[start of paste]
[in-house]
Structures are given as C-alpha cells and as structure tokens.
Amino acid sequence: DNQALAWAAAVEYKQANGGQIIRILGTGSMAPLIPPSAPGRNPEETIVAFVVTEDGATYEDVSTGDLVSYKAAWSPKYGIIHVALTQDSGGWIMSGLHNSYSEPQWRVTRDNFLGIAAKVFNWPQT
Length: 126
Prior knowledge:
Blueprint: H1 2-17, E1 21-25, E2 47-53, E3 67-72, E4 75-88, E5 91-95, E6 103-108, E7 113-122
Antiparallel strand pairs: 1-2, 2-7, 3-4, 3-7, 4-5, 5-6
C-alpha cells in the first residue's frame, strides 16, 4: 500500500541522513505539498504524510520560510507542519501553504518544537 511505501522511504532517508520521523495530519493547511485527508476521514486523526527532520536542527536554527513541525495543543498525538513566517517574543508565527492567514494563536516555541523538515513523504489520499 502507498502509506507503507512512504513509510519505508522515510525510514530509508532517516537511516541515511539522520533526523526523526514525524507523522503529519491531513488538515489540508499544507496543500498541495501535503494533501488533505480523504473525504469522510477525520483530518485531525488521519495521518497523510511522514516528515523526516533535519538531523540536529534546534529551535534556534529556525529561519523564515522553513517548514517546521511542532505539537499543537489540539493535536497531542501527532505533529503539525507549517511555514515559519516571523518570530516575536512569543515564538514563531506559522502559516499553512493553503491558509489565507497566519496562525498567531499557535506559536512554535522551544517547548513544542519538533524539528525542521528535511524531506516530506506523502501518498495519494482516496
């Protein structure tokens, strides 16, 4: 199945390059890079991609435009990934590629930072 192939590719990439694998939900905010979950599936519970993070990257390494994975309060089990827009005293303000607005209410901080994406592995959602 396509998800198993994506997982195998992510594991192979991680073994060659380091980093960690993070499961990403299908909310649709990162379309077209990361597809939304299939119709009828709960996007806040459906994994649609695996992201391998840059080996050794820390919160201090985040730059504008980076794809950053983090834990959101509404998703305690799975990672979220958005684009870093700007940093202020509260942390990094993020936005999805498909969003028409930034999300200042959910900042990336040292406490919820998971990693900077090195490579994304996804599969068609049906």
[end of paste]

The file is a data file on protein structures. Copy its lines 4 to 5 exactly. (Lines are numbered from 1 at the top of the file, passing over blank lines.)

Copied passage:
Length: 126
Prior knowledge: